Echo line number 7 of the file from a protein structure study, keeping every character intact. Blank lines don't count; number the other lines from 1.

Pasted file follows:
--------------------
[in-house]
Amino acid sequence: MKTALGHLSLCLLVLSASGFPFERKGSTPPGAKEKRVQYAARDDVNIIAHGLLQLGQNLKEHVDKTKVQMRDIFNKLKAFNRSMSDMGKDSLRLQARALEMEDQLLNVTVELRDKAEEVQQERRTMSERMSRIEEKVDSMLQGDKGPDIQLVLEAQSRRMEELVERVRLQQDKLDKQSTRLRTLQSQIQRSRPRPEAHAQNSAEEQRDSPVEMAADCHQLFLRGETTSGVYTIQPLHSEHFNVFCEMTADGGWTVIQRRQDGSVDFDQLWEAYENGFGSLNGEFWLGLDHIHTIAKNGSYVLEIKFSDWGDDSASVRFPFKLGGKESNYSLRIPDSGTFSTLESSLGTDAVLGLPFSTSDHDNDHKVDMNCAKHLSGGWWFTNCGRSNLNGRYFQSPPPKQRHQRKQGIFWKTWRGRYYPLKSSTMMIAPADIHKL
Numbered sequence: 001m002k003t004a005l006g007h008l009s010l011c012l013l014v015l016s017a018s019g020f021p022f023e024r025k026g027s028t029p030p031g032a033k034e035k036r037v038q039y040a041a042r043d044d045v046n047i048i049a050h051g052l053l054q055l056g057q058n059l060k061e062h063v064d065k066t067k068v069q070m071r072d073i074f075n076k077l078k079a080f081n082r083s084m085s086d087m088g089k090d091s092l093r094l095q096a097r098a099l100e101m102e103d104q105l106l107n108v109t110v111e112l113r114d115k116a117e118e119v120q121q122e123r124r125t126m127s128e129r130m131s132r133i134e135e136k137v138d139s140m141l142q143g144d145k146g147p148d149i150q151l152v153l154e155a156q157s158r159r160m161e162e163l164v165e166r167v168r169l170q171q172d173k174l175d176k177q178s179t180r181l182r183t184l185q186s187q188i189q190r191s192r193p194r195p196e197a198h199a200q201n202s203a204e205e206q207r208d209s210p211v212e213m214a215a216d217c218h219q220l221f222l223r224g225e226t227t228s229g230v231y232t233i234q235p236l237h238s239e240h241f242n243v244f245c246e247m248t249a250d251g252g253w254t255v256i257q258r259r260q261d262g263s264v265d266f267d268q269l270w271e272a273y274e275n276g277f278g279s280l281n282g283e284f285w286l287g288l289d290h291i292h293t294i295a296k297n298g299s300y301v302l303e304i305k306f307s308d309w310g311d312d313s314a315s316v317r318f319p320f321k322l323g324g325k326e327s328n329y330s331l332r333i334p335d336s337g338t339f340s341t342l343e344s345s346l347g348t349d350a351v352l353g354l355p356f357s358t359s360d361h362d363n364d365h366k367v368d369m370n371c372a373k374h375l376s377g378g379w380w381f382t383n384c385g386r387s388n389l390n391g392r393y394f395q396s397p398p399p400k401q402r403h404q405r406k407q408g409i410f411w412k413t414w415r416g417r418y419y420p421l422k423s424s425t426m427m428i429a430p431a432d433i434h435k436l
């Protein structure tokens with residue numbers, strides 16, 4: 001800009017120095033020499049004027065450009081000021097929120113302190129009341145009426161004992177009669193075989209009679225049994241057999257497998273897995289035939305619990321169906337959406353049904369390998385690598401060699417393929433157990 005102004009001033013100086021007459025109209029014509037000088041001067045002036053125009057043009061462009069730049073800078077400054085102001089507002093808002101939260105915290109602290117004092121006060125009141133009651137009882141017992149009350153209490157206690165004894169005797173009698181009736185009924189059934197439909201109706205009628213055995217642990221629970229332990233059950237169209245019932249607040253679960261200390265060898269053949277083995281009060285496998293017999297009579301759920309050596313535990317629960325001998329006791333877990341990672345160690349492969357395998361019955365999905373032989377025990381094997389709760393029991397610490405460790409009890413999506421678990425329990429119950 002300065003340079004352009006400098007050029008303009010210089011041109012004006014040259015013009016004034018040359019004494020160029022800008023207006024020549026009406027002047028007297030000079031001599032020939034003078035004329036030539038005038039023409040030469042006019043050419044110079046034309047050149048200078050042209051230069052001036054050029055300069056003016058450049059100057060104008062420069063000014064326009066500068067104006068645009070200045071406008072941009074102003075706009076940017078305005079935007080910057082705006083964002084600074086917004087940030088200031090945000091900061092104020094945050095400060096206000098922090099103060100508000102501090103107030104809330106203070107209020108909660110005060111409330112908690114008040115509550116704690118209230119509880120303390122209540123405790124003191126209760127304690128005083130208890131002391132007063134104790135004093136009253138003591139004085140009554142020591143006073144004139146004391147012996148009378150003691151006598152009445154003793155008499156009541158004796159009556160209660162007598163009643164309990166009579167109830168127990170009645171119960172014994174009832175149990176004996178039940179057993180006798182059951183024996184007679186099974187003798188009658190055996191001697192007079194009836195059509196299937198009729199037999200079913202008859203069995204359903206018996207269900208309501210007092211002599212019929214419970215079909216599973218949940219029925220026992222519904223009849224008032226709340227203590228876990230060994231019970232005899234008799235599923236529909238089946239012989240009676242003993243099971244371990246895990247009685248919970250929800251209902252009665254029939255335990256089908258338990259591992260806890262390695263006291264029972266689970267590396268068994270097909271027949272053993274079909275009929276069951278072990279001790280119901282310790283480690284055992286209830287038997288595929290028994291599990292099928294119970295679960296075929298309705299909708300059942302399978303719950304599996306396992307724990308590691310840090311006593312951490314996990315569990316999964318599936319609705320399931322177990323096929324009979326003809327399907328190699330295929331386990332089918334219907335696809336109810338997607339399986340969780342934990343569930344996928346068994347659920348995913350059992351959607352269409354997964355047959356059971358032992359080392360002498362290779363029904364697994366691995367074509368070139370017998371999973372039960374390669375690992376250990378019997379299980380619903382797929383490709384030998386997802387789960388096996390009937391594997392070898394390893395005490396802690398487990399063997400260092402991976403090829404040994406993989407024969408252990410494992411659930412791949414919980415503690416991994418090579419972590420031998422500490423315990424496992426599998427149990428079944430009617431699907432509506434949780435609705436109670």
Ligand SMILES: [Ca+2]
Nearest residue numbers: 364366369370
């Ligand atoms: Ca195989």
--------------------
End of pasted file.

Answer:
């Ligand atoms: Ca195989």